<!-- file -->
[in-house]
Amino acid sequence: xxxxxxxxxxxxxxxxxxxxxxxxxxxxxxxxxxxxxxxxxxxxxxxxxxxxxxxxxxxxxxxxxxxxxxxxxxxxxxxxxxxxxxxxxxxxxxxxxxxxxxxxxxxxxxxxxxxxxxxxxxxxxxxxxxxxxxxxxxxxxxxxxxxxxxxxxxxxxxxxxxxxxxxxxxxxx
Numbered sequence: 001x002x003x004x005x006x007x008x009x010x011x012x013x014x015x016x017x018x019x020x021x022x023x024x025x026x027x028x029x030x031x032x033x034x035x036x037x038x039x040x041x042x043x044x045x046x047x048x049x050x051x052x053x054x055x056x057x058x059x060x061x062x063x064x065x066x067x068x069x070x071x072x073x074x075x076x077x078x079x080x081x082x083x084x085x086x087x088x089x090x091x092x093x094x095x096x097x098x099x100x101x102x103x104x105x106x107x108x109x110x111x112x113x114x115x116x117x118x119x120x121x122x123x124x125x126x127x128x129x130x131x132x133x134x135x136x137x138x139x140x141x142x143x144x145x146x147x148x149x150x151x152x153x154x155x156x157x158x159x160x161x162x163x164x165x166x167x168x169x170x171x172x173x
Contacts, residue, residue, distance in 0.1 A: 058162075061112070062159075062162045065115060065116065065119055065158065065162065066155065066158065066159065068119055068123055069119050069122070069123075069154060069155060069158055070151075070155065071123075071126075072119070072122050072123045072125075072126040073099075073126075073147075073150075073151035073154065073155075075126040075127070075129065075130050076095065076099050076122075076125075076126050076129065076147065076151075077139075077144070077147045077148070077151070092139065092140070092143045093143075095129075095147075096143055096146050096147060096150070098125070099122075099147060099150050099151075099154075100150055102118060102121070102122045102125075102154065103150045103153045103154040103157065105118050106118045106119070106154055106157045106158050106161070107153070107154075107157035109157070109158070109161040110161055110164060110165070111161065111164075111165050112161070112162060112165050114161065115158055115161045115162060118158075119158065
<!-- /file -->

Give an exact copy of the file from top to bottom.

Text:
[in-house]
Amino acid sequence: xxxxxxxxxxxxxxxxxxxxxxxxxxxxxxxxxxxxxxxxxxxxxxxxxxxxxxxxxxxxxxxxxxxxxxxxxxxxxxxxxxxxxxxxxxxxxxxxxxxxxxxxxxxxxxxxxxxxxxxxxxxxxxxxxxxxxxxxxxxxxxxxxxxxxxxxxxxxxxxxxxxxxxxxxxxxx
Numbered sequence: 001x002x003x004x005x006x007x008x009x010x011x012x013x014x015x016x017x018x019x020x021x022x023x024x025x026x027x028x029x030x031x032x033x034x035x036x037x038x039x040x041x042x043x044x045x046x047x048x049x050x051x052x053x054x055x056x057x058x059x060x061x062x063x064x065x066x067x068x069x070x071x072x073x074x075x076x077x078x079x080x081x082x083x084x085x086x087x088x089x090x091x092x093x094x095x096x097x098x099x100x101x102x103x104x105x106x107x108x109x110x111x112x113x114x115x116x117x118x119x120x121x122x123x124x125x126x127x128x129x130x131x132x133x134x135x136x137x138x139x140x141x142x143x144x145x146x147x148x149x150x151x152x153x154x155x156x157x158x159x160x161x162x163x164x165x166x167x168x169x170x171x172x173x
Contacts, residue, residue, distance in 0.1 A: 058162075061112070062159075062162045065115060065116065065119055065158065065162065066155065066158065066159065068119055068123055069119050069122070069123075069154060069155060069158055070151075070155065071123075071126075072119070072122050072123045072125075072126040073099075073126075073147075073150075073151035073154065073155075075126040075127070075129065075130050076095065076099050076122075076125075076126050076129065076147065076151075077139075077144070077147045077148070077151070092139065092140070092143045093143075095129075095147075096143055096146050096147060096150070098125070099122075099147060099150050099151075099154075100150055102118060102121070102122045102125075102154065103150045103153045103154040103157065105118050106118045106119070106154055106157045106158050106161070107153070107154075107157035109157070109158070109161040110161055110164060110165070111161065111164075111165050112161070112162060112165050114161065115158055115161045115162060118158075119158065